This study aimed to evaluate the effectiveness and practicality of a cooling intervention with a newly designed cooling vest on heat strain attenuation in the construction industry. Fourteen construction workers volunteered to participate in the field study. Each participant took part in two trials, i.e., cooling and control. Construction work included morning and afternoon sessions. Cooling intervention was implemented for 15 and 30 min during the morning and afternoon rest periods, respectively, between repeated bouts of work. Micrometeorological (wet-bulb globe temperature [WBGT]), physiological (tympanic temperature and heart rate), and perceptual (ratings of perceived exertion [RPE] and thermal sensation) measurements were taken during the test. Heat strain indices, including physiological strain index (PSIHR) and perceptual strain index (PeSI), were estimated accordingly. During the study, construction workers were exposed to a hot environment with a mean WBGT of 31.56 ± 1.87 °C. Compared with the control, physiological and perceptual strain were significantly reduced in the cooling condition during rest and subsequent work periods (p < 0.05; d = 0.24–1.07, small to large cooling effect). Cooling intervention significantly alleviates heat strain in the construction industry. The effectiveness and practicality of a proposed cooling intervention were tested in a field study. Results provide a reference for setting guidelines and promoting application on a range of construction sites.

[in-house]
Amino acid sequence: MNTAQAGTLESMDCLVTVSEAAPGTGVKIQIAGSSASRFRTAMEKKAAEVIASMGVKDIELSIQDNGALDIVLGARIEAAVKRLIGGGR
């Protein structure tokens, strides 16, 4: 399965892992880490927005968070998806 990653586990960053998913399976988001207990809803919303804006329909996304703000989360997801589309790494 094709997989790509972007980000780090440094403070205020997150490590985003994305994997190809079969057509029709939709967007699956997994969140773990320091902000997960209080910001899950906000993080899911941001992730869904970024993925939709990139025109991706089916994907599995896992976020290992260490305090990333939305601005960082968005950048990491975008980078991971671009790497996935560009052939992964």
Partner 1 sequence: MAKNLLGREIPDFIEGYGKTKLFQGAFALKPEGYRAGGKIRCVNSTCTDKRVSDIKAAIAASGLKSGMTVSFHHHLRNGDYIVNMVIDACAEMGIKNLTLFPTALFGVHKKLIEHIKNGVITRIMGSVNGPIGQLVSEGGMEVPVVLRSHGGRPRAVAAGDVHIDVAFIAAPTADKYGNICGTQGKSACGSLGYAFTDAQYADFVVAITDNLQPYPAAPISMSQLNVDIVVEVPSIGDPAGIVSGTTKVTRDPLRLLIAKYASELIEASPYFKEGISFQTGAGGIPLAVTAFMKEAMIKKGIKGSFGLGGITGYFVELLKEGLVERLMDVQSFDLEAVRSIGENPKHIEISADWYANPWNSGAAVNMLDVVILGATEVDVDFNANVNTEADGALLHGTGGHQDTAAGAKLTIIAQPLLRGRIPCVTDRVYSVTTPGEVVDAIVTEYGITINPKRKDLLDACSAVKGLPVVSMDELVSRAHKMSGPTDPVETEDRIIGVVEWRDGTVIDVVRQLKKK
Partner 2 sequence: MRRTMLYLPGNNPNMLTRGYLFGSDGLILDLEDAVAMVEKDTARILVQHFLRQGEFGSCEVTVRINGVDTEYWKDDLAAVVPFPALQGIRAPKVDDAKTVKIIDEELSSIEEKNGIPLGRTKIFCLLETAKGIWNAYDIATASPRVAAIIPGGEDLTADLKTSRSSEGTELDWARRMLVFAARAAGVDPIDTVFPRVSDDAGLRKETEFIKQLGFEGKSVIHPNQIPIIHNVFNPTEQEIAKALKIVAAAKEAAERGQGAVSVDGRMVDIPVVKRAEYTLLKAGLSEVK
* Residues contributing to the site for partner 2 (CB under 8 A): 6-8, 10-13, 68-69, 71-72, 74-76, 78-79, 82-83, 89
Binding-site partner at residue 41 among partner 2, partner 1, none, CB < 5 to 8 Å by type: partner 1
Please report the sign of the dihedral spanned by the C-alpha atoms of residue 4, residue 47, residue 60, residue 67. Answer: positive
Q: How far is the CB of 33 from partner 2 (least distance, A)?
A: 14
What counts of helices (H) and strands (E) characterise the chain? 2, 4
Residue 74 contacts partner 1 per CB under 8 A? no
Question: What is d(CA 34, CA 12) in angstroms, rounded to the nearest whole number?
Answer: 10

- Construction industry
- Cooling intervention
- Physiological and perceptual strain
ASJC Scopus subject areas
- Atmospheric Science
- Health, Toxicology and Mutagenesis